After being forced to part with her beloved dachshund, she feared she would never find the right dog.
Posted in , Jan 24, 2020
I drove slowly back from the store, content to go below the speed limit. I was in no hurry to get home. No one would be there waiting for me. Only a few weeks into my new life as a single woman, my studio apartment was still a maze of stacked cardboard boxes and chaos. It felt so empty. Especially now that Ginger was gone.
My dachshund had come to live with me after the divorce. Ginger had always been an anxious little thing with boundless energy. Deep down, I knew she wasn’t cut out for apartment living. But it was the first time I’d be living alone in more than a decade. I really needed the company, and I hoped that she’d adjust. But it hadn’t gone well.
Ginger barked at every little sound she heard through the walls. Her nails clicked as she ran from window to window, desperate to find intruders who weren’t there. The constant barking was too much. The neighbors complained. Just a few days after I moved in, my landlord gave me an ultimatum: Either Ginger went or we both would.
I was heartbroken. I couldn’t afford another move or to rent anything that wasn’t an apartment, and clearly Ginger was not an apartment dog. Luckily, my ex-husband agreed to take her. He lived in a fixer-upper in a quaint neighborhood with treelined streets. I knew Ginger would be happier there, with a yard to run around in, free to bark at squirrels to her heart’s content. I’d made the right choice for both of us. But I still missed her.
Now, a few days later, I was driving along, trying to recall what was in my refrigerator—and decide whether or not I should just give in and order pizza—when I heard a voice. A deep baritone, clear and authoritative:
“Go to the humane society,” the voice said.
I blinked. Did…did I just hear that right? I’d never heard a voice like this before. Was it my imagination? Surely, I wasn’t being called to go to a pet adoption center so soon after giving up Ginger. I fought against the mysterious suggestion but felt an undeniable urge to listen. The voice had been clear and resolute. The words had been whispered directly into my ear. And the timing couldn’t have been better. The exit for the humane society was coming up. Before I could change my mind, I turned on my blinker and got off the highway.
The shelter’s parking lot was jampacked. It took me forever to find a spot. Apparently, there was an adoption event today. Had the voice known? I wondered. I had to push my way through the crowded lobby.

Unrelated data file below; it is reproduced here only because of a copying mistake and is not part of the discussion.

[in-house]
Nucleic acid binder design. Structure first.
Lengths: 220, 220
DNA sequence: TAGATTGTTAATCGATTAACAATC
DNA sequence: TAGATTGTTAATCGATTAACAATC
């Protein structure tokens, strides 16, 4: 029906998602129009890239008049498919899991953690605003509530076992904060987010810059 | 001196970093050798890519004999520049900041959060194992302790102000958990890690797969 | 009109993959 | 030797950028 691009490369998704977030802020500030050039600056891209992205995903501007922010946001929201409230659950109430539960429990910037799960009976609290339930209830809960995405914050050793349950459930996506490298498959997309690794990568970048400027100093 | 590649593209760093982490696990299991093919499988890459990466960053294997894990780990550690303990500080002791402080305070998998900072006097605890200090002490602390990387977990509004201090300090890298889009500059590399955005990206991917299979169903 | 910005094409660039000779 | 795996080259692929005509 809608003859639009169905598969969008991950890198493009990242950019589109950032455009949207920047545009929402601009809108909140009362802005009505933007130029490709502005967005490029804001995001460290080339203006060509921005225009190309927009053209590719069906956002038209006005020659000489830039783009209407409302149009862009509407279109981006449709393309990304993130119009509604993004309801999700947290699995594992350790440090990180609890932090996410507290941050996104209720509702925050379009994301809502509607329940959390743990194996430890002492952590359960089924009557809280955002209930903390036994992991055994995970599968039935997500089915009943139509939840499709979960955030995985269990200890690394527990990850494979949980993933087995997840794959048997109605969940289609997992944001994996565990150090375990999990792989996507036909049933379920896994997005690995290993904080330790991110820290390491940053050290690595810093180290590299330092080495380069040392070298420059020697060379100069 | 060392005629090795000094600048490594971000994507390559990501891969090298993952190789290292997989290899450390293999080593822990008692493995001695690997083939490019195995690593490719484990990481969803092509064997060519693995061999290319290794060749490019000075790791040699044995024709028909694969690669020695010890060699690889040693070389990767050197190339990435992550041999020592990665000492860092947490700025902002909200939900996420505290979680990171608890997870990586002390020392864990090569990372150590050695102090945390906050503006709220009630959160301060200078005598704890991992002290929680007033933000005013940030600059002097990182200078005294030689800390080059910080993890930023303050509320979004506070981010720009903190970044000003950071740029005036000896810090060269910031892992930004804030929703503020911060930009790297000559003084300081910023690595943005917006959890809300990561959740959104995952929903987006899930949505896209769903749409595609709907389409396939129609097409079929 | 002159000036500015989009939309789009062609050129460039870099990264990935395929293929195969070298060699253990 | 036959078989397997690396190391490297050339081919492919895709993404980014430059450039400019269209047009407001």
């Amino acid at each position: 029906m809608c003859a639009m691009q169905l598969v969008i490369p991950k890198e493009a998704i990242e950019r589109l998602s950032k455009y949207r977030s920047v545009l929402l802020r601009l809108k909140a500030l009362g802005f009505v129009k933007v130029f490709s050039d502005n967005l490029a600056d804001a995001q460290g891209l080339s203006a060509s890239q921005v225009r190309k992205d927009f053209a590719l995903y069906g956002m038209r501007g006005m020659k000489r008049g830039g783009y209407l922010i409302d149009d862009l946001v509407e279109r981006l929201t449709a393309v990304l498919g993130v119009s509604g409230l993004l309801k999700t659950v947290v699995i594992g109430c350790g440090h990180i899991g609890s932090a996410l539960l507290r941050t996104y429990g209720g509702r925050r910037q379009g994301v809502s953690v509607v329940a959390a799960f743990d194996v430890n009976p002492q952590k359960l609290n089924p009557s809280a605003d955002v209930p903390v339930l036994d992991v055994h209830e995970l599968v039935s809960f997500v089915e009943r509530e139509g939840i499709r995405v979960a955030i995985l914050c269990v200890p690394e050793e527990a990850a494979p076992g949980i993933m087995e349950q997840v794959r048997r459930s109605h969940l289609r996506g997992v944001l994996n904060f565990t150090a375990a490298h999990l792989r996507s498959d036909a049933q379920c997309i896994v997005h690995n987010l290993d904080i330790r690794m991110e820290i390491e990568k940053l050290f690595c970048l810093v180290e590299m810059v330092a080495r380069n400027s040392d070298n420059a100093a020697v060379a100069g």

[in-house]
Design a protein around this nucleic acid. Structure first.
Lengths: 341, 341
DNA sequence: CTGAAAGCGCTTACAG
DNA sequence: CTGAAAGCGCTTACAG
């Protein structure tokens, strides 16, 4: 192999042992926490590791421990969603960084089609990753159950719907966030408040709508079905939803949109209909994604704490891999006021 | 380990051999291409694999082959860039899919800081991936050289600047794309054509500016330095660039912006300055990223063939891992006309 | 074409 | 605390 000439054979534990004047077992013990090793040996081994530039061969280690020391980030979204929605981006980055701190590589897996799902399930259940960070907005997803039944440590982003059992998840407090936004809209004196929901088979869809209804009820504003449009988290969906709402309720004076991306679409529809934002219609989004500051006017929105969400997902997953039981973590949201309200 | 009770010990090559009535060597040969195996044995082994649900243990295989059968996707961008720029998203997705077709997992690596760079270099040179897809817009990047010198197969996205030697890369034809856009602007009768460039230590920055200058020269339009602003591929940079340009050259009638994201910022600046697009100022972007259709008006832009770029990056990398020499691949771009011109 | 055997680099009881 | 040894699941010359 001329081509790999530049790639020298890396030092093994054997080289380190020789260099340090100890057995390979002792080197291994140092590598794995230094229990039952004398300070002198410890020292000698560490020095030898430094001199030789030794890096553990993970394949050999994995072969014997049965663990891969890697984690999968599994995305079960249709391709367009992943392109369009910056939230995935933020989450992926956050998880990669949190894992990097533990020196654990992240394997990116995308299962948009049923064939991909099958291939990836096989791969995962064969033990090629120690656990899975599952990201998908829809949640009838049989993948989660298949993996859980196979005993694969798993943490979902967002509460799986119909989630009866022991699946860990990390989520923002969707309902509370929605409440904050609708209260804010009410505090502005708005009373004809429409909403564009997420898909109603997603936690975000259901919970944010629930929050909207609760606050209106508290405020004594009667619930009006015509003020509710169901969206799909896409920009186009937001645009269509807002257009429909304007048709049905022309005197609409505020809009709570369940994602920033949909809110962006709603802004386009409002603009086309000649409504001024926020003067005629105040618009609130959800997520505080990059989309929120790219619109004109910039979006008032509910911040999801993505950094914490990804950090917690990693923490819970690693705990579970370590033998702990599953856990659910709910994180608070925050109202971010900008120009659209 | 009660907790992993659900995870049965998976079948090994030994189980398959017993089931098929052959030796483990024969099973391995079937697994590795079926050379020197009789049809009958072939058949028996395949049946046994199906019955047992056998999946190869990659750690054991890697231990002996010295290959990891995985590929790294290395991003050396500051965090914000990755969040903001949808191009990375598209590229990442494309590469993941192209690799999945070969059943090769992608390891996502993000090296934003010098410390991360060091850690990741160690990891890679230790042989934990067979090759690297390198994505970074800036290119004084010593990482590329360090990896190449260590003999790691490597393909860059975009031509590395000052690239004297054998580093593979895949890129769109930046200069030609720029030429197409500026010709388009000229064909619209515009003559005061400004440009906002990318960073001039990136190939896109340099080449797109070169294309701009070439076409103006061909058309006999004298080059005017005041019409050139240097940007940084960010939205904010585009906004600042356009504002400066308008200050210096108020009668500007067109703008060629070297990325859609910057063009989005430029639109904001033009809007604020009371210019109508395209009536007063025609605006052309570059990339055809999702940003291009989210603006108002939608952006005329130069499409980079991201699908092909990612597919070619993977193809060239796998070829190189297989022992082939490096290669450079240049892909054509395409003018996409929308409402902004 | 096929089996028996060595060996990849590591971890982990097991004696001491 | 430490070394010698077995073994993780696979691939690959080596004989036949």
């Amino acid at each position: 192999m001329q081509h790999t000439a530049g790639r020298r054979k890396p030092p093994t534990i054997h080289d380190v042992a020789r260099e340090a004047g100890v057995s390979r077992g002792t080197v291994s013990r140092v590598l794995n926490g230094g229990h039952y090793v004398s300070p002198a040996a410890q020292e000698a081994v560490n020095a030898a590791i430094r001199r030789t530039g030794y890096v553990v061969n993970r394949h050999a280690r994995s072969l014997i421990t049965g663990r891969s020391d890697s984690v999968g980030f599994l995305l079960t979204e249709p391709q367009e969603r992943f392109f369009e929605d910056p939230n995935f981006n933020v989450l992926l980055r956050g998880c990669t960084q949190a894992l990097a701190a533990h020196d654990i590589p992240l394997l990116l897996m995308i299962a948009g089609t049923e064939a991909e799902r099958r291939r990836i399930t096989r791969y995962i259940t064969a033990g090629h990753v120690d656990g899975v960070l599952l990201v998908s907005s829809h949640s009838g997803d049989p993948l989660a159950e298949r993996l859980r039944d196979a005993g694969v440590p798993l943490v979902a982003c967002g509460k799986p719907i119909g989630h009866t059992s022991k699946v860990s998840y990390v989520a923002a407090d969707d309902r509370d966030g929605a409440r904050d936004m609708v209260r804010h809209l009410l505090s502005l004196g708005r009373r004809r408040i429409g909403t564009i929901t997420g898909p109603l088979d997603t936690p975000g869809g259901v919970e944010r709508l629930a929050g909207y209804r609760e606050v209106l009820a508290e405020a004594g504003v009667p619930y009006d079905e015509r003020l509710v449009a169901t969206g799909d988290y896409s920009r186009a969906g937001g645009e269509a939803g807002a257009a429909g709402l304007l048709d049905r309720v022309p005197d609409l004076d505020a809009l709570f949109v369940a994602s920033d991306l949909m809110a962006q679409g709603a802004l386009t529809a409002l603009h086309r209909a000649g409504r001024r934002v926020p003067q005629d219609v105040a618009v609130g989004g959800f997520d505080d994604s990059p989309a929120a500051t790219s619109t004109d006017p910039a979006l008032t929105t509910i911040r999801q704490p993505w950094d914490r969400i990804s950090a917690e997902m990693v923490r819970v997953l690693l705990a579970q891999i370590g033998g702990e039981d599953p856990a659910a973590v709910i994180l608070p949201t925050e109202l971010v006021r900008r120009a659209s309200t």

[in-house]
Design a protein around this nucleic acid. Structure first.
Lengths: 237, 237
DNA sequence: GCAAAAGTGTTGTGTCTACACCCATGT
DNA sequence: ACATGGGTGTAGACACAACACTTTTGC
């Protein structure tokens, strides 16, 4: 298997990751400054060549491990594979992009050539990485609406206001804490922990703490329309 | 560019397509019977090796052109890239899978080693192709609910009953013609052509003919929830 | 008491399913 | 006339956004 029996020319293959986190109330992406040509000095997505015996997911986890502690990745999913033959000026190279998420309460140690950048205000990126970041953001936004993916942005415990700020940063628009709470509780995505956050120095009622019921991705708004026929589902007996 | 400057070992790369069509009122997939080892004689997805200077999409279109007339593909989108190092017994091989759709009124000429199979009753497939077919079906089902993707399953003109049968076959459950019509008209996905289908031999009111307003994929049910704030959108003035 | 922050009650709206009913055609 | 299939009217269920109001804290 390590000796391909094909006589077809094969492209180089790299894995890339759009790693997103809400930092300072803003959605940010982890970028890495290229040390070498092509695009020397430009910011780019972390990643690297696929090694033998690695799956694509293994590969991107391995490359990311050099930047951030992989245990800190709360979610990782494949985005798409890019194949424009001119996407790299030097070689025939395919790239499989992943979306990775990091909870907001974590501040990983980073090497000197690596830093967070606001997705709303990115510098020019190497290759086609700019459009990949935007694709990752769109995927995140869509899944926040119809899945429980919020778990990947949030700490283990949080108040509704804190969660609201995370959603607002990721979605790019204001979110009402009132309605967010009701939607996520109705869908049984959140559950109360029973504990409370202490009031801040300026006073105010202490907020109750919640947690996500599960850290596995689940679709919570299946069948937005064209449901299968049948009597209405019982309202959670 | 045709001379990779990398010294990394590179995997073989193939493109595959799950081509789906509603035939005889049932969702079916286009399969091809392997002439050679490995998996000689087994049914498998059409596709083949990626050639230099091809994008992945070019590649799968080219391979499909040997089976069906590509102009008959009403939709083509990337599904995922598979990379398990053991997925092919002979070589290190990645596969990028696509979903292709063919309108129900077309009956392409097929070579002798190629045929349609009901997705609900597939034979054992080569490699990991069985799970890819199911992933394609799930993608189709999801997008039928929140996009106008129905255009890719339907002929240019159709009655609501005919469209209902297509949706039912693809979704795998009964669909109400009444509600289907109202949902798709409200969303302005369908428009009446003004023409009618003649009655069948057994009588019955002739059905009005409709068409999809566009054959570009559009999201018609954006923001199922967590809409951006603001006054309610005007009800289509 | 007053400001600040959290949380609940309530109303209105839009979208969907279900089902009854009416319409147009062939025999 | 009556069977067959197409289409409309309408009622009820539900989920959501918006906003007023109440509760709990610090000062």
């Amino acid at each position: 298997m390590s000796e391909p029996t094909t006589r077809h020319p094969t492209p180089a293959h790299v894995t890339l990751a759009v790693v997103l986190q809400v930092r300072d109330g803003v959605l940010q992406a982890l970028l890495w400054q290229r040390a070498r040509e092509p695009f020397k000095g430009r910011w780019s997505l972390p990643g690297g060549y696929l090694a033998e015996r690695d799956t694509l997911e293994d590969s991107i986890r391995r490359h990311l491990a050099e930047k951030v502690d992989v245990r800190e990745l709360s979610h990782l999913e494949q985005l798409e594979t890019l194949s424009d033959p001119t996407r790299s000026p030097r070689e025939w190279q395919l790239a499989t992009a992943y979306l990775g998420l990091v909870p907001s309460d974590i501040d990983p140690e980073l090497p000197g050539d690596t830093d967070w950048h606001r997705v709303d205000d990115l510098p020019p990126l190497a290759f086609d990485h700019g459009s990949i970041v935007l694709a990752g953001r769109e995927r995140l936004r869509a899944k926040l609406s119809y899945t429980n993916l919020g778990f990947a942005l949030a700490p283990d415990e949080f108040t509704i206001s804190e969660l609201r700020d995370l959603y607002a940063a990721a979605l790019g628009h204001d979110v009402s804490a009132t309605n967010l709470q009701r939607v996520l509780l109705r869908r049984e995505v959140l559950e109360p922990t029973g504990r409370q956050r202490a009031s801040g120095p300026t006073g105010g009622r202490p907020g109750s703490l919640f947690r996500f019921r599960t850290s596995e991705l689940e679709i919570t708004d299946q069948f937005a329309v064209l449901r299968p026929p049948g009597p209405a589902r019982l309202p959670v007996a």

When I finally reached the dog kennels, a chorus of barking greeted me. I went slowly down each row of cages, checking out all the wagging tails and bright eyes. I examined each dog carefully. But it seemed as if every one that caught my eye was either too big, too loud or already claimed by someone else.
What was I even doing here anyway? This had truly been a misguided venture.
Back in the parking lot, I was fumbling in my purse for the car keys when I heard the tinkle of a dog’s collar. I looked up to find a cocker spaniel headed straight for me, her owner being dragged along behind.
“I’m so sorry,” the woman said.
The dog gazed up at me with the biggest brown eyes I’d ever seen. Her coat was shiny and healthy, wavy and soft.
“Don’t apologize,” I said. “Your dog is adorable! What’s her name?”
“Gigi,” she said.
“Can I pet her?”
As soon as I knelt down to scratch her head, Gigi rolled onto her back and wiggled, begging for a belly rub. I laughed.
“She’s a sweetheart, isn’t she?” the woman said. “She’s only two years old. I wish I didn’t have to give her up.”
I knew that feeling well. “Why are you, then?” I asked.
The woman sighed. “She and my cat don’t get along at all. I hoped things would get better, but they haven’t. It’s not fair to either of them. I’m sure Gigi won’t be here long. She’s a great dog. Very well behaved. And she doesn’t bark, like most small dogs do…”
That’s when it clicked. The voice I’d heard—it hadn’t been my imagination after all.
“I’d love to adopt her,” I said.
“Then she’s all yours,” the woman said, handing me the leash.
“Just like that?” I asked.
“I think you and Gigi are a perfect fit. Besides, it makes me feel good knowing that she’s going to someone I’ve met and that she won’t have to spend any time in a shelter.”
With that, the woman patted Gigi goodbye and walked away. We haven’t crossed paths since.
Gigi and I have been inseparable for the past 11 years, and our connection has only grown. She’s 13 now and slowing down, but that’s fine by me. After a recent concussion, I’ve had to learn to take it easy right along with her. Sometimes when I’m snuggled up next to Gigi on the couch, I say a quiet thank-you to the mysterious voice that brought us together, and my heart warms knowing that Gigi and I were meant to be.
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